Focusing on growth is a given when it comes to increasing value for a company’s investors. That can mean exploring an acquisition or a strategic alliance—actions that expand the organization’s reach. But a divestiture could also help boost returns for shareholders, or improve sagging company performance. In fact, many shareholder activism campaigns have urged selling parts of companies as a way to unlock value.
Divestitures can be challenging. A company must identify the business units to be separated, decide on the type of separation, and either develop a standalone operating model and cost structure for that business or prepare it for sale. While these steps may seem straightforward, a divestiture ultimately is a surgical procedure, with a degree of complexity that demands careful planning and caution.
When a company has identified a business or division that doesn’t fit its overall strategy or could pursue new opportunities as a separate entity, it raises important questions for the board:
Recent economic changes due to the pandemic are reasons for management to actively and critically review their portfolios. All of the pieces of the company should fit squarely within the company’s strategy and contribute to the goal of creating long-term value.
The reasons for removing part of a company can vary. In some cases, the changes in economic circumstances may have made a particular business unit unsustainable. In other cases, a business unit might not align with the company’s current strategy.
A company also could see an opportunity through a divestiture. A thriving business may have outgrown the parent company and be ready to chart its own course with its own management and board. Individual parts of an enterprise could be more valuable as separate businesses or part of another company, particularly if one or more of them have become successful brands.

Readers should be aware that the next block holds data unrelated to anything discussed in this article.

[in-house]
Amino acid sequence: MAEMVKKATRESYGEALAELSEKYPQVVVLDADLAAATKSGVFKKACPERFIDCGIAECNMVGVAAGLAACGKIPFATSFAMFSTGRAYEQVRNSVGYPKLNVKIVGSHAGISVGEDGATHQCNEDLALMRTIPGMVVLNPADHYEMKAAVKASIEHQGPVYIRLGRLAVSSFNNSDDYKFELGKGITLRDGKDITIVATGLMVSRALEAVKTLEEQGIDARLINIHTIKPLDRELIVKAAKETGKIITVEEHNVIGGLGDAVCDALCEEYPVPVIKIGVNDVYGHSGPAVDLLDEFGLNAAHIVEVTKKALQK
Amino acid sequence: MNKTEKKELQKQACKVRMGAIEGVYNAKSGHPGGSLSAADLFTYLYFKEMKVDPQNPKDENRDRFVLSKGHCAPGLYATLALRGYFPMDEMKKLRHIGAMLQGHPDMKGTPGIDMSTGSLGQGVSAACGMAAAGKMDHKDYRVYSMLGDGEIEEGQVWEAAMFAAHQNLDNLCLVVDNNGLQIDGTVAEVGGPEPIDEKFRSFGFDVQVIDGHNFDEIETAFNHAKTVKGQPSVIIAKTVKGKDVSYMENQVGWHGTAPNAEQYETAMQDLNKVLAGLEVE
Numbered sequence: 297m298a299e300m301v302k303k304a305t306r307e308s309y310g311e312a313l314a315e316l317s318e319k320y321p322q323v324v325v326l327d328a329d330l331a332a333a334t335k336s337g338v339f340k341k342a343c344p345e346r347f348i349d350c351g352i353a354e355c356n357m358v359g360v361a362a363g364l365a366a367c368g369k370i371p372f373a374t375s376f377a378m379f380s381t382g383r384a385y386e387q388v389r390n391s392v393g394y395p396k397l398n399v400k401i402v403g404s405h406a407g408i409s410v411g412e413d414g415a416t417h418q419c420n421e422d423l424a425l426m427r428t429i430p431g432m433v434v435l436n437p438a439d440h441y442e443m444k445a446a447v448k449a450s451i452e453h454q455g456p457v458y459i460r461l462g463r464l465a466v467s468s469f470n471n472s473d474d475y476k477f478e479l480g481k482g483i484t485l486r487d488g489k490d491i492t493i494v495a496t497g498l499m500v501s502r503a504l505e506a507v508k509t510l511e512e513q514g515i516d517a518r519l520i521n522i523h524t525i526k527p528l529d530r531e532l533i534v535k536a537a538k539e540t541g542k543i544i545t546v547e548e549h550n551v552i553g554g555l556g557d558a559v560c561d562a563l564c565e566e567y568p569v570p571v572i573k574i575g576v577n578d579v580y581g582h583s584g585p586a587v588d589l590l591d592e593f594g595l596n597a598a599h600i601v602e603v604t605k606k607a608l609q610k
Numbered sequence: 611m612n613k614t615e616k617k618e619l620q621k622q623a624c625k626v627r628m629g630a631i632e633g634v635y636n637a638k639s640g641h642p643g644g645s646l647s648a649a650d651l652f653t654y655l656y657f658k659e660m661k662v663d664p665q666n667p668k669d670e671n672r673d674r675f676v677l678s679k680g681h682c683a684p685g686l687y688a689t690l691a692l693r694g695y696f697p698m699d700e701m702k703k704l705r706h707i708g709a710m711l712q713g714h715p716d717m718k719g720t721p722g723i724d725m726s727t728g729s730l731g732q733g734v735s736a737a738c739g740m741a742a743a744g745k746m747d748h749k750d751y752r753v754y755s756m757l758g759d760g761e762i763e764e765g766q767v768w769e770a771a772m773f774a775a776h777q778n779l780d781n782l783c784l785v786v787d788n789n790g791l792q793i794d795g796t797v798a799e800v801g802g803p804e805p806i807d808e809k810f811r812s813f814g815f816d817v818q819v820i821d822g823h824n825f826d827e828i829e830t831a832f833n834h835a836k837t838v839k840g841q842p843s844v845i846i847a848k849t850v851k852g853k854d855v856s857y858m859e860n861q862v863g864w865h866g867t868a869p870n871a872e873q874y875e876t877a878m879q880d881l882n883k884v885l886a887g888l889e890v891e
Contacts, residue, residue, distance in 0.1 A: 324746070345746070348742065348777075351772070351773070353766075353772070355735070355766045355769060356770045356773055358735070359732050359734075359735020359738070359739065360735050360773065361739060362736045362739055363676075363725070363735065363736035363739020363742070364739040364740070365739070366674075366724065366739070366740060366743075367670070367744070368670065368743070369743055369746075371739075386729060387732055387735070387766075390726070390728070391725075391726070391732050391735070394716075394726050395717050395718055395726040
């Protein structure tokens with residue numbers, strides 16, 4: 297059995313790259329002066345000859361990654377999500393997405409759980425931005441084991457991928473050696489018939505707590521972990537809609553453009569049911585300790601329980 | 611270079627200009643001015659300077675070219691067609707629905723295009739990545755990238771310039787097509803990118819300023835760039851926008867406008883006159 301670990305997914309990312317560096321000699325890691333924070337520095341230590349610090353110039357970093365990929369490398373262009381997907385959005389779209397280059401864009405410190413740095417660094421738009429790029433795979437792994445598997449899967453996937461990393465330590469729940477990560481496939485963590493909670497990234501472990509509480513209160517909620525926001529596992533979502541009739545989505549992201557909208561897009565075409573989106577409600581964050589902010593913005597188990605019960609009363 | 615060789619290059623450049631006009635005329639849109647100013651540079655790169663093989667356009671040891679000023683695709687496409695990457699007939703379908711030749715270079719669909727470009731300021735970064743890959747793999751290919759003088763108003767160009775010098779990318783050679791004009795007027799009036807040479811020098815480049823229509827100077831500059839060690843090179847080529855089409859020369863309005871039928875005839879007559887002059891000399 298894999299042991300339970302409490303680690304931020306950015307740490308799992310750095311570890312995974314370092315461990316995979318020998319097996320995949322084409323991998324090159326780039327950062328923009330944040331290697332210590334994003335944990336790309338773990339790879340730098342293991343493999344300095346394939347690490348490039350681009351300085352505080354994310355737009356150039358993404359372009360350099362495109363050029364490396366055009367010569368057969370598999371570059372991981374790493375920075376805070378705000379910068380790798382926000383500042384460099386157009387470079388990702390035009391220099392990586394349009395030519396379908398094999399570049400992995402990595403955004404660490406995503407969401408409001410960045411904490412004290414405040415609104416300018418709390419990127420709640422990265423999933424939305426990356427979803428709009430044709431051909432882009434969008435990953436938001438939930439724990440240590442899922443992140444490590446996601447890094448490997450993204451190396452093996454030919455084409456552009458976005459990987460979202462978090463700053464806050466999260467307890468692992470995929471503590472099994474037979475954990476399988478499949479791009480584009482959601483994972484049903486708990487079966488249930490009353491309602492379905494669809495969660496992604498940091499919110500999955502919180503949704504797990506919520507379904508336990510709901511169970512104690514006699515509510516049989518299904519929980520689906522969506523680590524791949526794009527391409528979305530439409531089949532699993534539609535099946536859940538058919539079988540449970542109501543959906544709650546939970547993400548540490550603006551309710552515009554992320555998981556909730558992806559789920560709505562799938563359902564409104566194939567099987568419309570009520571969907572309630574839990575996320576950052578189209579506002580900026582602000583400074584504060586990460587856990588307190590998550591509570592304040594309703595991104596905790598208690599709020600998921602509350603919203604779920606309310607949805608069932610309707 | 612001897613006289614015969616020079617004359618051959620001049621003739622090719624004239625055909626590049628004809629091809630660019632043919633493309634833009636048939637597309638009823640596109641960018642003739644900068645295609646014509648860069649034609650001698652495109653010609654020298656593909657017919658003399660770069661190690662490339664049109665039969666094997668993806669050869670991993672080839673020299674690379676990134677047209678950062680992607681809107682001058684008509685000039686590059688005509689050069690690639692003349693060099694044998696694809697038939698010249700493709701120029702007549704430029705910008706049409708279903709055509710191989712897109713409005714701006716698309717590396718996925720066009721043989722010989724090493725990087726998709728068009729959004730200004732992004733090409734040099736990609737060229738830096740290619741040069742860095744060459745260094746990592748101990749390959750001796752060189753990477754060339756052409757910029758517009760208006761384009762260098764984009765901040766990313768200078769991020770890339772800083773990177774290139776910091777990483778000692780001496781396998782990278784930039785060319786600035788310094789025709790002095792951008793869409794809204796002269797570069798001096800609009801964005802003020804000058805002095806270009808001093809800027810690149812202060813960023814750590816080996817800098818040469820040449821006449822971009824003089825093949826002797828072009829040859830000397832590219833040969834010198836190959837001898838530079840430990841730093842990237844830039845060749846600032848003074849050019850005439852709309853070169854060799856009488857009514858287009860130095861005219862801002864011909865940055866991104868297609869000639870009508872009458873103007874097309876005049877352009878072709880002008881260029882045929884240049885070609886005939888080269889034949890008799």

Or a company may divest a business so it can reinvest the proceeds in the remaining company or pursue growth opportunities, including acquisitions.
Companies have multiple options for divesting a business unit and may choose to either maintain some type of connection with the divested unitor sever all ties. Depending on the exit structure and approach, the regulatory, tax, and reporting requirements can vary significantly and usually involve different timetables.
In a carve-out IPO, a company separates a business unit or subsidiary but offers only a minority interest in the new entity to outside investors. The result is two separate legal entities, each with its own financial statements, management team, and board of directors. But the parent company retains a controlling interest in the new company, which allows the parent to provide strategic support and resources.
A spin-off creates an independent company with its own equity structure, with shares in the new company typically distributed to the parent company’s shareholders. Unlike a carve-out IPO, the parent company doesn’t have a controlling interest and instead holds no equity or possibly a minority stake. This allows the parent company to focus on its strategic long-term goals.